10. Just coming in to second the Mysterious Benedict Society and The Westing Game. Also, about Kindles, my 10 year old got one 6 months ago and was initially very excited about it. We talked about recently and she said that she doesn’t like to read books on the Kindle because it “changes” the book in her head (for what it’s worth). She prefers paper books.


  11. For what it’s worth, our local library can lend ebooks in ePub or MOBI (ie Kindle) format. Free books are generally available in both formats and are easily converted from one to the other if they are not.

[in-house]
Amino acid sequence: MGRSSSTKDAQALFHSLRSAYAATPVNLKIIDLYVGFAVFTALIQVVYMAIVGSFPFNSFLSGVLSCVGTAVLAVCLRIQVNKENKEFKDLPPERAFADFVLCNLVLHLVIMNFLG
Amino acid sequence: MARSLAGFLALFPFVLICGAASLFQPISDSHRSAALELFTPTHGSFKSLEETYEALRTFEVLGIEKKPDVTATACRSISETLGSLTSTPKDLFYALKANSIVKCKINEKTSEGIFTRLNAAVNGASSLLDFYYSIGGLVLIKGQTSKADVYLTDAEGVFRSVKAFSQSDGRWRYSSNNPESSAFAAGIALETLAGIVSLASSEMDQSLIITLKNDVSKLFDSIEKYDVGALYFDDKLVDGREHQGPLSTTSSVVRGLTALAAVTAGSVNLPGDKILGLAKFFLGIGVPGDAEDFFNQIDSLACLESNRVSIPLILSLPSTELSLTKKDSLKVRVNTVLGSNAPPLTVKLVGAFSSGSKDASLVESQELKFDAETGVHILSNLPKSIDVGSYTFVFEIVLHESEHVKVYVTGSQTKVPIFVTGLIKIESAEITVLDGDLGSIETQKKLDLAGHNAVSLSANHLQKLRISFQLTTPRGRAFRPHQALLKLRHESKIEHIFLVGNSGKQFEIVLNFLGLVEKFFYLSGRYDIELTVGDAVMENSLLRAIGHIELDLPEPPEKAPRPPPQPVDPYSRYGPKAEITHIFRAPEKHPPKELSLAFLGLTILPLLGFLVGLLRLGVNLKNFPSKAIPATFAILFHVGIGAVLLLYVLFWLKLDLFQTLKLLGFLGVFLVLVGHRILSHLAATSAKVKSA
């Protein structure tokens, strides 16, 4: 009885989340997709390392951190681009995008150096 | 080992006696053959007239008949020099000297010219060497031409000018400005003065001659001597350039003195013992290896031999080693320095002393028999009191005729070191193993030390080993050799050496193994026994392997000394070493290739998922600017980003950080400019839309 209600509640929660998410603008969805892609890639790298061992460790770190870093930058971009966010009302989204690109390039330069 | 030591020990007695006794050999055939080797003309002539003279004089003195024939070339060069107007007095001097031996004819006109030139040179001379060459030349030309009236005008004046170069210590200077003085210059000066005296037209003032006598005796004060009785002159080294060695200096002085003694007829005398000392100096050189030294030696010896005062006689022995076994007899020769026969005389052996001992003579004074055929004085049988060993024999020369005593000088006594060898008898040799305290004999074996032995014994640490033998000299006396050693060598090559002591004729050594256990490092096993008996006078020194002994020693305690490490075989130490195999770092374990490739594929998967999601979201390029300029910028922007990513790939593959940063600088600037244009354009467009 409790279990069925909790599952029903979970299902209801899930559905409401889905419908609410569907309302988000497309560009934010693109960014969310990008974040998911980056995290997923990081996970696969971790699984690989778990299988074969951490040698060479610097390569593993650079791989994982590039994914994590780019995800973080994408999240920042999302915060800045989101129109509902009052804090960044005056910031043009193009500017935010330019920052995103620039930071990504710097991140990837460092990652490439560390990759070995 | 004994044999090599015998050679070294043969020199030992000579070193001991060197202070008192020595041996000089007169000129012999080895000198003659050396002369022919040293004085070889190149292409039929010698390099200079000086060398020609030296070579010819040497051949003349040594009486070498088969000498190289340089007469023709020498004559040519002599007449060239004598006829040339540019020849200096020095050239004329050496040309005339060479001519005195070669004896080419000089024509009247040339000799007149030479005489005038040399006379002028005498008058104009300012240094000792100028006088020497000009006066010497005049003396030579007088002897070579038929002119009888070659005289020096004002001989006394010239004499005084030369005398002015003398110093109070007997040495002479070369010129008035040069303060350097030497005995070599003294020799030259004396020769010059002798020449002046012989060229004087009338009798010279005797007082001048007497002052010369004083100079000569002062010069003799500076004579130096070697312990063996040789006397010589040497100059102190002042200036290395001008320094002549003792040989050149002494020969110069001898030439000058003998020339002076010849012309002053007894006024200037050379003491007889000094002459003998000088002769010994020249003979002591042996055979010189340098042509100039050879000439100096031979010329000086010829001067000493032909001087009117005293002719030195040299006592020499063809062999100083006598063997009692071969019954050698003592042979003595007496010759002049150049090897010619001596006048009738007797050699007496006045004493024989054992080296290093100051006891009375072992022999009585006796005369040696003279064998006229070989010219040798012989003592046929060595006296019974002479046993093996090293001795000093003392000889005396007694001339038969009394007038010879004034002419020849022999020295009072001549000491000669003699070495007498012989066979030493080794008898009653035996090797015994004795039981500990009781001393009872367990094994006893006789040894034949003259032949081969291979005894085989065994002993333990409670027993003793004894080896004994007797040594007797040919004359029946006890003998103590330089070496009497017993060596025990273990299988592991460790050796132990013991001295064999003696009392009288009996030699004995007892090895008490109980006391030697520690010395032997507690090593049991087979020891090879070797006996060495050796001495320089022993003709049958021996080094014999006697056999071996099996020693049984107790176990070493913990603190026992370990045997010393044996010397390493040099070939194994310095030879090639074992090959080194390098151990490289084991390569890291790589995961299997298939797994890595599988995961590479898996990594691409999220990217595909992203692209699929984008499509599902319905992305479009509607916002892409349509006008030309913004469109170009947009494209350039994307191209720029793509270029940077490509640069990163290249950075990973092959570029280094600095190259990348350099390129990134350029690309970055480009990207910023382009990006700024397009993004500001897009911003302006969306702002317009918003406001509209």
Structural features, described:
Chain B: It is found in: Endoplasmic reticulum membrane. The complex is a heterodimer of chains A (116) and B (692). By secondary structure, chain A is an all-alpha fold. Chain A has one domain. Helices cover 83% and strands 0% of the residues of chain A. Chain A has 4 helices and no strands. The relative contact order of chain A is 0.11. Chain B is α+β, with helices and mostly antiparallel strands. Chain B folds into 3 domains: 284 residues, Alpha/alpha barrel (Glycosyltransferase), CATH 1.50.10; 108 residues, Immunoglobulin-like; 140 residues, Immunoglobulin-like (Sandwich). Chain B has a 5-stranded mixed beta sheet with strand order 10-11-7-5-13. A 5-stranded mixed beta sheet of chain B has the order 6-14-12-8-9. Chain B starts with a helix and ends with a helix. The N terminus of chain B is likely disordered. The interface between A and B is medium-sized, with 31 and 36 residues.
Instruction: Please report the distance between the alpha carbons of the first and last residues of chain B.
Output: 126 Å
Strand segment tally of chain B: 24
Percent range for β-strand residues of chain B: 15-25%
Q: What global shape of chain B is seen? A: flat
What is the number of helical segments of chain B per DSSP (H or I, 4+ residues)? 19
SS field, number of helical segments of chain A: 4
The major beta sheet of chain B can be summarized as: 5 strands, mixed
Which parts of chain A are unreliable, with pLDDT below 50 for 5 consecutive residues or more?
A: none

(Not a Kindle owner, but I’ve been using the free Kindle app on my Android phone for about five years now with great success.)


  12. Yes I know you can covert epub to mobi using Calibre if the files are not encrypted, but for encrypted files conversion becomes a bit more complicated.
    Really my main issue is that I don’t believe in being tied to a single supplier of ebooks, which is what Kindle attempts to do by using a proprietary file format.
    Anyway, I don’t want to highjack this blog with the issue, but I just thought it was important to bring up the idea that there is another viable option out there other than Kindle and Amazon. That’s all. 🙂